Coaching Missional Communities – Who Coaches?

May 6, 2013 — Leave a comment

I am in a series of posts on coaching, specifically as it applies to missional communities. The posts in this series are:

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Who Coaches?

In order to provide quality coaching that is effective for missional community leaders, it is critically important that a coach has two primary qualifications:

  1. A working knowledge of the Missional Community DNA and practices at The Austin Stone
  2. Practical experience leading a healthy missional community in the past

The first is a pretty obvious qualification – you want someone coaching who has the same vision and speaks the same language.  The second is a key quality for us because we want folks who coach using their own stories as examples.  It’s one thing to know an idea, it’s an entirely different thing to tell a story of how that idea played out.

Within our current structure, our coaches consist of three sets of people:

  1. Campus Leadership Team – These individuals (Campus Pastor, Leadership Director, and Connections Director) are responsible for the oversight of ~100 missional communities per campus. They are coaching missional communities themselves, as well as overseeing other coaches within their campus network.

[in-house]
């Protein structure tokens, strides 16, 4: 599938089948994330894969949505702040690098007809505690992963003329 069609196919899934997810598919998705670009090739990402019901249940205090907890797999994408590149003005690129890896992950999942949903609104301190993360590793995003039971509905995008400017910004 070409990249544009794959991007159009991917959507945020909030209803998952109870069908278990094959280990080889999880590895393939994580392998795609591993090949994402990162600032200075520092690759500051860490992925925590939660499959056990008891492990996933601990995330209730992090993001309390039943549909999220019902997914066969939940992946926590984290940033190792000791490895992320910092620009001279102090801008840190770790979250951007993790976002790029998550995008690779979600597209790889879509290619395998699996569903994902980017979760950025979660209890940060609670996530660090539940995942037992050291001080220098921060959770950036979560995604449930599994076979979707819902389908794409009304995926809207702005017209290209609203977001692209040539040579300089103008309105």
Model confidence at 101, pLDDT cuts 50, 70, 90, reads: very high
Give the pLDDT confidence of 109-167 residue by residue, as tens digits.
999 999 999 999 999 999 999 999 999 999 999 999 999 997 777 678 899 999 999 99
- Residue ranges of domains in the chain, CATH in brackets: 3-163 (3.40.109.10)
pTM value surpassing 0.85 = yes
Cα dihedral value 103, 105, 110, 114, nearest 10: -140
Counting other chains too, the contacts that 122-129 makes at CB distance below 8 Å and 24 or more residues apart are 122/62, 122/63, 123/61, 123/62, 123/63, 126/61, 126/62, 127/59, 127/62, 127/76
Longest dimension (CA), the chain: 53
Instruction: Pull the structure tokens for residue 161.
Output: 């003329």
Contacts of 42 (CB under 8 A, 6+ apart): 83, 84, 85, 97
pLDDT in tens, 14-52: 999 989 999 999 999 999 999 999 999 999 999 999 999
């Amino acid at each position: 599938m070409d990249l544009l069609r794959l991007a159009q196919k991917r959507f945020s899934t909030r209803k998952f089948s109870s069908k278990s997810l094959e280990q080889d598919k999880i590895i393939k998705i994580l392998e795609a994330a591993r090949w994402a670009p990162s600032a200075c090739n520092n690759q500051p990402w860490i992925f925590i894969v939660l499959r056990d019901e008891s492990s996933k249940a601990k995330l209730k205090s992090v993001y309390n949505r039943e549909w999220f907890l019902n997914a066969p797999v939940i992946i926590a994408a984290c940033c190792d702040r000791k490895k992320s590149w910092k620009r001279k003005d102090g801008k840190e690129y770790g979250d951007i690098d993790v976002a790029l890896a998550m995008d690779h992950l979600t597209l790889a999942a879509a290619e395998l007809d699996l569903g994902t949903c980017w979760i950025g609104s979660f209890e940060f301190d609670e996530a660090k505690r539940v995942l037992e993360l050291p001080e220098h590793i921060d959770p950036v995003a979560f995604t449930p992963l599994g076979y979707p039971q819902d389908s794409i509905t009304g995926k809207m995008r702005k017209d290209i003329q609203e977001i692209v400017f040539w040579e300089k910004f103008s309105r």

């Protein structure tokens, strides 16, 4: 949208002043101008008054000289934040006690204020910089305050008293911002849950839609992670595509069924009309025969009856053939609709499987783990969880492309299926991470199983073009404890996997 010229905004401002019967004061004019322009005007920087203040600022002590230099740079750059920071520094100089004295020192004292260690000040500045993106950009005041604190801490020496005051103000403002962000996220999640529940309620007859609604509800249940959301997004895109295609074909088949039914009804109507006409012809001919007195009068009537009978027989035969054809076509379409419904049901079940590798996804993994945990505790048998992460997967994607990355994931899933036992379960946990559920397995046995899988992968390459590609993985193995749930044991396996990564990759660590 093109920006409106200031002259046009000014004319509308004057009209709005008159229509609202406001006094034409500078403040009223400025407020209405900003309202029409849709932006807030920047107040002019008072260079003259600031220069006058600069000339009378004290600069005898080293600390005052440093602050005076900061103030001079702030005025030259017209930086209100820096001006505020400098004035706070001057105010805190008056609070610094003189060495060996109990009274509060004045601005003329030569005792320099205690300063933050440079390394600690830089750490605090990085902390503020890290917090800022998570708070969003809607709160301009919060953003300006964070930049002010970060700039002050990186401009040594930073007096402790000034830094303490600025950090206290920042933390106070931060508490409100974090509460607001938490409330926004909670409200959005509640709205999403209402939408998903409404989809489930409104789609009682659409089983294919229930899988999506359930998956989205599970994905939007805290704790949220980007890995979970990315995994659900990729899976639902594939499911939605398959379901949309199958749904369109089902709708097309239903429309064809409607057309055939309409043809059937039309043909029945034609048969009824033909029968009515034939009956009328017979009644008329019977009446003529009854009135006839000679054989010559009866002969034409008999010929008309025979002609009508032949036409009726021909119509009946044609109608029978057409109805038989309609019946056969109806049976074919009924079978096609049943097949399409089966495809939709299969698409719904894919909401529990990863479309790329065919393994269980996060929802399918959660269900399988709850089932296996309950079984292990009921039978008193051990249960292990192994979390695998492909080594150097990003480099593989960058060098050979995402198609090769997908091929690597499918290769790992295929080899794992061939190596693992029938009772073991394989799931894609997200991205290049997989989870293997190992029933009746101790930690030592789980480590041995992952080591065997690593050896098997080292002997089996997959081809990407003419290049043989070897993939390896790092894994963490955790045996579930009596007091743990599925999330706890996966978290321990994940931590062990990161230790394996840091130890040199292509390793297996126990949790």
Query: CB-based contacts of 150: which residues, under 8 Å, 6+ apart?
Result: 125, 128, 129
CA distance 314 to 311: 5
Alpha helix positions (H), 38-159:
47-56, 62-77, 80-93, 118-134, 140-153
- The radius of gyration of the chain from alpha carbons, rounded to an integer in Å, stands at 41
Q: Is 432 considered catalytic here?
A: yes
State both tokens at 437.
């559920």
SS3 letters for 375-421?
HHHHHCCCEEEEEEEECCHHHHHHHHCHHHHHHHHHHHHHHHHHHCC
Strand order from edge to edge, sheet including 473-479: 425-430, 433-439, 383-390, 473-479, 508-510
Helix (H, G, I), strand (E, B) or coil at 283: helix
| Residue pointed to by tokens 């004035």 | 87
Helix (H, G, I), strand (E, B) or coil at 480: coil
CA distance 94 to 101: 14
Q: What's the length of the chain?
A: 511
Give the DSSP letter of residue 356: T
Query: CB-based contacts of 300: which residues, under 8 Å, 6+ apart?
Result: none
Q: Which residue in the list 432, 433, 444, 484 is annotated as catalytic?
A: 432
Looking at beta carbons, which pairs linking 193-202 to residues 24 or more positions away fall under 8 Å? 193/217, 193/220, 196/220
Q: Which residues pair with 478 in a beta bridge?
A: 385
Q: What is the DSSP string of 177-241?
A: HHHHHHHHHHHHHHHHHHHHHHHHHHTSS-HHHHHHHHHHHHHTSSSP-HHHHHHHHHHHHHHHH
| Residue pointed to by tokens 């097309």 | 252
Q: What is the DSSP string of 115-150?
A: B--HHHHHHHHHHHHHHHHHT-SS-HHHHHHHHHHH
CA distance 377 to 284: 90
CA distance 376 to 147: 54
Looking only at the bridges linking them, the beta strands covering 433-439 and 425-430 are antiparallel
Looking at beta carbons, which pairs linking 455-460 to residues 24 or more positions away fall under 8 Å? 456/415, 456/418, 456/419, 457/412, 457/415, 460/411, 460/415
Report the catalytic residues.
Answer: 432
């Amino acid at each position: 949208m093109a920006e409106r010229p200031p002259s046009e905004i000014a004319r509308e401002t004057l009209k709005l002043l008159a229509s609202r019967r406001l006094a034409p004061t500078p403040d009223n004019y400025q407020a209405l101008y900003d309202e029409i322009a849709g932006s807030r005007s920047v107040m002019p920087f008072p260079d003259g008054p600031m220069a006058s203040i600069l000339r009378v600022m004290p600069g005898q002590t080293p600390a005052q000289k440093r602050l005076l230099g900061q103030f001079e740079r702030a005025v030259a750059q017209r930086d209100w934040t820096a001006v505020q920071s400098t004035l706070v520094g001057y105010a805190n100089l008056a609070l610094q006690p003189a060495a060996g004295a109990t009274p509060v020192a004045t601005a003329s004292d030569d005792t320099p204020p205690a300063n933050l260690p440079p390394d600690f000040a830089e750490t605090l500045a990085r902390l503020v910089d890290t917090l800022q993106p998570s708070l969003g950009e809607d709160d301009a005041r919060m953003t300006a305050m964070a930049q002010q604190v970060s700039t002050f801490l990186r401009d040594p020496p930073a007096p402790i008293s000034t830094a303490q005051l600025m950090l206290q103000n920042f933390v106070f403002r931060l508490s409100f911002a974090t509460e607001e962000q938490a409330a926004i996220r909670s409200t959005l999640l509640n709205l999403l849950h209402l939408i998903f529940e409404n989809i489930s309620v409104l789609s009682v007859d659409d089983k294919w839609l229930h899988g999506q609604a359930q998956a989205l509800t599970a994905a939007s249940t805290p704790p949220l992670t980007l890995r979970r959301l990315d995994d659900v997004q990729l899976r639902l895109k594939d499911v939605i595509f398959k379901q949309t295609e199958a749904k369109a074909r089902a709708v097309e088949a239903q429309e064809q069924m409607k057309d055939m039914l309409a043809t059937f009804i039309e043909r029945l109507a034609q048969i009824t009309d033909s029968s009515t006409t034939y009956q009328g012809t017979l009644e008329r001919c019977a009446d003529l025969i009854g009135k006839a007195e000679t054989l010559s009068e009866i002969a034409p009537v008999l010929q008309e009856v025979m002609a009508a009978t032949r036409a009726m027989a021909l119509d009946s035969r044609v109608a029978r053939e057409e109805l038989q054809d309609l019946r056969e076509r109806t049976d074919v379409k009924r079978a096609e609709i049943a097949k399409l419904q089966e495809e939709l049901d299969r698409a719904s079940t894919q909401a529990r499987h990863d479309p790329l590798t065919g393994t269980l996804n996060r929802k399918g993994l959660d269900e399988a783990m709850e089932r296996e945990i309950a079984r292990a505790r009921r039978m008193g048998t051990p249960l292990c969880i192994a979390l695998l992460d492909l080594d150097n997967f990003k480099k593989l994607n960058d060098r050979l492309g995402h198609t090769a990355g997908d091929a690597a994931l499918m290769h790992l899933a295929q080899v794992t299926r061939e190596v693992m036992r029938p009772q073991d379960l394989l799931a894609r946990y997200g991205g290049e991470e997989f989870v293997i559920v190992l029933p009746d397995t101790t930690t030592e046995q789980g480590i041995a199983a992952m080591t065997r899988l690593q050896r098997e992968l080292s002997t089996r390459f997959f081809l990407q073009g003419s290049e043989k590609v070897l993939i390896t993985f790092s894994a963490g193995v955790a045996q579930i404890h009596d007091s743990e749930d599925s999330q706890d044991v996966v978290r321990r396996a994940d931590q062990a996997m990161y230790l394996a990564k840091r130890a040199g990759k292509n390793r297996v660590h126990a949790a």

2. Campus Deacons – These men and women are helping coach in the region through the oversight of up to ~5 missional communities.  They are typically volunteer leaders who have led healthy missional communities, and are continuing to engage the mission of God in their own lives with a community.
  3. Coaches – This men and women, although not yet tested and qualified for the deaconate, are capable leaders who have multiplied healthy missional communities and are typically overseeing networks they themselves have started.

There are others who coach missional communities, but these three groups of people carry the largest load of coaching within our church.

In my experience, it’s hard to coach well more than about 6 missional communities, and I strongly recommend that coaches gather leaders in groups, rather than just individually, to foster peer to peer learning and to create a relational network of leaders.

If you would like to know more about the practices of healthy missional communities, please consult the “Practices of Missional Communities” series and the “Missional Communities Roadmap”.

Todd Engstrom

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Although I was raised in the church and had a knowledge of God, I didn’t embrace Jesus until I heard gospel preached and lived out by some Young Life leaders. God has proven faithful and good to me since that day, even in great suffering and loss. I have learned to treasure Romans 8:28 as a wellspring of hope and truth. God has blessed me with an amazing wife (Olivia), three sons (Micah, Hudson and Owen) and a daughter (Emmaline). Growing up in the northwest, the thought never crossed my mind that I would have four children who are native Texans. Despite landing in the south, I still watch Notre Dame games with my children every Saturday in hopes they will land at my alma mater.

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